Fixing Fundamentals in Web Development Education

One of the challenges our customers often bring to our attention is the difficulty in filling lower level web production roles. It’s a problem that we can relate to at Curious Minds, as we face the same issue when on-ramping new developers on to our team.

Advertising a job opening for an entry-level front end developer will yield an endless and incredibly diverse group of applicants who have attended any number of 12-week coding bootcamps, each teaching some mix of React and MongoDB. It would seem that the curriculum of these courses has been engineered to appeal to hiring managers, and HR algorithms, but not to truly prepare the student to aid the organization after graduation.

This series of blog posts will examine why strong fundamentals are more important than ever, and answer the question of how can we create the valuable generalists who can code, debug, and work holistically. 

Why is this an issue? Or, what happens when things don’t work.

At Curious Minds, our front end developers are generalists, and we feel that this is the critical difference in how we add value for our clients. In our experience, a strong knowledge of fundamentals is critical to not just being able to solve issues for clients, but to solve them efficiently. In our trade, debugging skills are critical, and you can’t develop these skills without fundamentals.

What are some of the fundamentals that an entry-level front end web developer needs in order to be successful? In no particular order, they are as follows:
  • HTML structures and tags 
  • General CSS directives
  • Vanilla Javascript
  • HTTP verbs, and appropriate uses 
  • Stateless vs. stateful protocols
  • Separation of concerns
  • Relational vs. Document-based Storage
Most development teams would consider these skills to be fundamental. It is stunning to see the blank stares from entry-level job applicants when asked questions about these areas. Consider a case we encounter often; the abject uselessness of a React boot camp graduate without robust knowledge of CSS directives, or HTTP verbs.

This lack of knowledge touches so many surfaces in the practice of web development, that it is hard to emphasize enough the importance of robust fundamentals. For the team leader, it’s seeing developers write thousands of lines of code to replace a simple CSS directive. For a project manager, it’s not getting the critical feedback from your development team about the true level of effort required to perform critical tasks. Lastly, but very worth mentioning; how do we develop these employees into mentoring roles when the prerequisite skills have never been addressed?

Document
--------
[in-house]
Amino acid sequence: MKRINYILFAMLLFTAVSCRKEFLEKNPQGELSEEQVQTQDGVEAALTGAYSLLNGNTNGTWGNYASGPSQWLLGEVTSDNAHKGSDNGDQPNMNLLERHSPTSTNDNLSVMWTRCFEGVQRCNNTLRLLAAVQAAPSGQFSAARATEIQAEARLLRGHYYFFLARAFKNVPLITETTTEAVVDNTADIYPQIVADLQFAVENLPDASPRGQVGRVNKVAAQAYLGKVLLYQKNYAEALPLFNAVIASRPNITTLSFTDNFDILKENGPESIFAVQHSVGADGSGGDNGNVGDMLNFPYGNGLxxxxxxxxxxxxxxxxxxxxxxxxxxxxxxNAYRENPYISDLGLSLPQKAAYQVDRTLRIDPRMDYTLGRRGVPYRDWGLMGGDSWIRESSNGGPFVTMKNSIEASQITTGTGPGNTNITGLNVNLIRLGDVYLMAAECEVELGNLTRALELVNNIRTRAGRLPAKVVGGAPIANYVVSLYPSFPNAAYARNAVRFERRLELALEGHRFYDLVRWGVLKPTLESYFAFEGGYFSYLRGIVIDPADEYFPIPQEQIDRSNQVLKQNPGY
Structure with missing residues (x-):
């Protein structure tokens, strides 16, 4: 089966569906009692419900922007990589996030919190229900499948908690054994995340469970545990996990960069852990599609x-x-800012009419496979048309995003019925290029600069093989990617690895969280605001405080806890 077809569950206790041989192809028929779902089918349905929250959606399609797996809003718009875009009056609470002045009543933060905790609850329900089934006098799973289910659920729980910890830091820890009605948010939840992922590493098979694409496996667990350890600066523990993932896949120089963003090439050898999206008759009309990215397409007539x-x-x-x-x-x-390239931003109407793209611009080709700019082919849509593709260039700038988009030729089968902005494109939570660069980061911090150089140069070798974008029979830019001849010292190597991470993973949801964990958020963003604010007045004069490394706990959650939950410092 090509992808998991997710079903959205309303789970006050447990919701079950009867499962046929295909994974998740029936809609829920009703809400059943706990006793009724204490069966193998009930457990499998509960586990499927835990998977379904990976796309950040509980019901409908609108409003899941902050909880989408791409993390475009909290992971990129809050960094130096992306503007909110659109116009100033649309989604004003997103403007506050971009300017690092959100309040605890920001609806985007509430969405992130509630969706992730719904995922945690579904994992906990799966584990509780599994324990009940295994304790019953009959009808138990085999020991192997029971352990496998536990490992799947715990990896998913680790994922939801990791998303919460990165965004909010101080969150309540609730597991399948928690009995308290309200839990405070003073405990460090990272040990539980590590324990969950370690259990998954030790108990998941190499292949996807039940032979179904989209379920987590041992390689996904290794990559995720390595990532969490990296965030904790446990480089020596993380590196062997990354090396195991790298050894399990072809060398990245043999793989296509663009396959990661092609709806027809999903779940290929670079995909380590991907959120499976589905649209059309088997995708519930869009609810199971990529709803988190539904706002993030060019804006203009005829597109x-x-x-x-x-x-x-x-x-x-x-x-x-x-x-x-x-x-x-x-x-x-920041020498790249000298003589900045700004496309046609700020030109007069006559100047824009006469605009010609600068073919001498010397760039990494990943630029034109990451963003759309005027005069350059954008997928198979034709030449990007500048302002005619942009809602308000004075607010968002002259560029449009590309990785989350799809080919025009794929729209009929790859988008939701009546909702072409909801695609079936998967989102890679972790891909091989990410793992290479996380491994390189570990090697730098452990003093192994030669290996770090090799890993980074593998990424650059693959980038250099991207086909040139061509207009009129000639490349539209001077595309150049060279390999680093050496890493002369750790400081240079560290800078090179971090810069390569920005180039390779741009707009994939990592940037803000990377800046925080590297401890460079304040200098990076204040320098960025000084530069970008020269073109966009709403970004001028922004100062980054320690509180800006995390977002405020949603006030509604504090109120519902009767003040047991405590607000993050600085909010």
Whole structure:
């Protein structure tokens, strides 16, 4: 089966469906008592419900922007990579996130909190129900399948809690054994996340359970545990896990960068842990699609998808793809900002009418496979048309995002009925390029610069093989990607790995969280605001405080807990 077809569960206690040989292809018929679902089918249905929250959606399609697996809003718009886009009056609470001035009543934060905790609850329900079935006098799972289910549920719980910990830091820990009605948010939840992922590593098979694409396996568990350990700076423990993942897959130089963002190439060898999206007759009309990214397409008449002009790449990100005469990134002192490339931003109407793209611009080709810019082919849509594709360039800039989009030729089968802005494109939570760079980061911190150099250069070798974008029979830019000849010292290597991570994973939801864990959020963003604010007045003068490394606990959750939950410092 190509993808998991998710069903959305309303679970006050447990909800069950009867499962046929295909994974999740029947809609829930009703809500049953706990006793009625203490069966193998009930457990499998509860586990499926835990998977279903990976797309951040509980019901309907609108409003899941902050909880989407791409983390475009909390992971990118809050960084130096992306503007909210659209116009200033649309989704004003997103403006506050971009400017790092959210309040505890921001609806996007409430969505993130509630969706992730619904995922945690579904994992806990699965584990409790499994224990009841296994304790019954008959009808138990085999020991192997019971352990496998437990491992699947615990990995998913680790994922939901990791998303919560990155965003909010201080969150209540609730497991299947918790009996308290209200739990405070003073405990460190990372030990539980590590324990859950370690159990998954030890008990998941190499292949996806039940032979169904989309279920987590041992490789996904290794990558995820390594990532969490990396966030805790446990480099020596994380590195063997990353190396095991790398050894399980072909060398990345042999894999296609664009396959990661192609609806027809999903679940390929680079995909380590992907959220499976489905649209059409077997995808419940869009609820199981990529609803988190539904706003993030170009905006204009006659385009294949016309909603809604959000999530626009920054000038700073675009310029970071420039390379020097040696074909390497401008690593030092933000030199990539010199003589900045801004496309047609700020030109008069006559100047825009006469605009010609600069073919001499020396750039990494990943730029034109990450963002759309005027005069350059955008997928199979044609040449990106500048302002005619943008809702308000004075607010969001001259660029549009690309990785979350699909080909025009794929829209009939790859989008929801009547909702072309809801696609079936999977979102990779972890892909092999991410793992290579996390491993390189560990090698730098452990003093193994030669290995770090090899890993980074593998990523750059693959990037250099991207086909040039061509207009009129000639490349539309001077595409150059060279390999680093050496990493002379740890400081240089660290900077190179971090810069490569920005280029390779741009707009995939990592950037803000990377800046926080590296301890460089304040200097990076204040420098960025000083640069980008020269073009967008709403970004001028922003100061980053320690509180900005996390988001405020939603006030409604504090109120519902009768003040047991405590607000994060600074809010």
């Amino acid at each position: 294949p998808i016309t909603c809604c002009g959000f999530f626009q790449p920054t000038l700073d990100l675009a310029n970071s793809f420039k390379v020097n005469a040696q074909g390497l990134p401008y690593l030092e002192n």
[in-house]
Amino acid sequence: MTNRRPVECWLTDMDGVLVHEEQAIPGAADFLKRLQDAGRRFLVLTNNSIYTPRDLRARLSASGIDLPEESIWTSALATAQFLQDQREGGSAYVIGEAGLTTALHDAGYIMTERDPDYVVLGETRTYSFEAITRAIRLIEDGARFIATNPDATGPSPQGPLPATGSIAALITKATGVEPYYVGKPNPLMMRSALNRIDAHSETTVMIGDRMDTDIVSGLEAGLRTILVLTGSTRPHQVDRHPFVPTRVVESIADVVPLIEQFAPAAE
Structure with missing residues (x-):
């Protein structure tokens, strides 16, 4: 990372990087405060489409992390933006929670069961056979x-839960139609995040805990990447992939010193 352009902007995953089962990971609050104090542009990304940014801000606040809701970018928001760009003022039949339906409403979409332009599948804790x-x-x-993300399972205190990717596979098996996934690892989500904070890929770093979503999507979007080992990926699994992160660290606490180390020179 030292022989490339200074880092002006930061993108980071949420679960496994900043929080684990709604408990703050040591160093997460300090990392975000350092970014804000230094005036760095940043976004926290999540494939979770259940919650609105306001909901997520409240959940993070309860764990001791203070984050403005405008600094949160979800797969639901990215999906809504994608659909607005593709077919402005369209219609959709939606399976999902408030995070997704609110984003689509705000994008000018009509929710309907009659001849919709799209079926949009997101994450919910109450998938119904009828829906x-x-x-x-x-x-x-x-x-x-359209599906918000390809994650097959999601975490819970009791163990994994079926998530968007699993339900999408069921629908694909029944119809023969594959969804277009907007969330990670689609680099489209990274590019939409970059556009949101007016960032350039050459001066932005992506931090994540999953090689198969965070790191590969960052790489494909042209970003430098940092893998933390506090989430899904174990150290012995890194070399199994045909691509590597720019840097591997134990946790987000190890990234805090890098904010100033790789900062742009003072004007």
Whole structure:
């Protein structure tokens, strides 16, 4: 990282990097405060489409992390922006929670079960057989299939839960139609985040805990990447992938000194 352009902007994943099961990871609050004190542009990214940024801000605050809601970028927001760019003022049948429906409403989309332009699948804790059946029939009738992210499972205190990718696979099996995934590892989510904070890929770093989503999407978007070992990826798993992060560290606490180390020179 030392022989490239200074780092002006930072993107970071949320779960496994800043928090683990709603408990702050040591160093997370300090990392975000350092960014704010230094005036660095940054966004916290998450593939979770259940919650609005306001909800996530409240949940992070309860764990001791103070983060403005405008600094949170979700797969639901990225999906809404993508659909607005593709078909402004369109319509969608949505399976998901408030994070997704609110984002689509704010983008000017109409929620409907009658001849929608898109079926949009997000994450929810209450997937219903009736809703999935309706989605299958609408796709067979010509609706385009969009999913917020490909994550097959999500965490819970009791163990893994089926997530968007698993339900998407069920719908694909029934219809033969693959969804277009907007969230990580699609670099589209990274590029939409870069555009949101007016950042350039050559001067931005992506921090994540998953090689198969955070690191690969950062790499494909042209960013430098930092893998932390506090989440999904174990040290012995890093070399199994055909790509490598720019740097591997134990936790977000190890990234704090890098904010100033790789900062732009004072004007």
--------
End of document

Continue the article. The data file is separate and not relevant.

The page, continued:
How to fix it: developing fundamentals.

12 week boot camps are not producing the candidates with the skills we need. Colleges are not instilling real-word experience. The solution needs to be in the workplace. Development teams need to produce and maintain robust curriculums to quickly bring developers up to speed on fundamentals. Time needs to be devoted to continuing team education, and these all important fundamentals. 

Here at Curious Minds, we’ve put in place the resources to bring new developers up to speed. We focus on independent study, along with close mentoring to bridge the fundamentals gap in our new hires. We encourage our clients to do the same with their in-house resources, and we share our knowledge with our team augmentation and consulting services. What skills do you consider fundamental? Let us know in the comments. 

About Curious Minds
We are a web development firm in New York and Chicago, providing development resources and consulting for websites and mobile apps since 2004.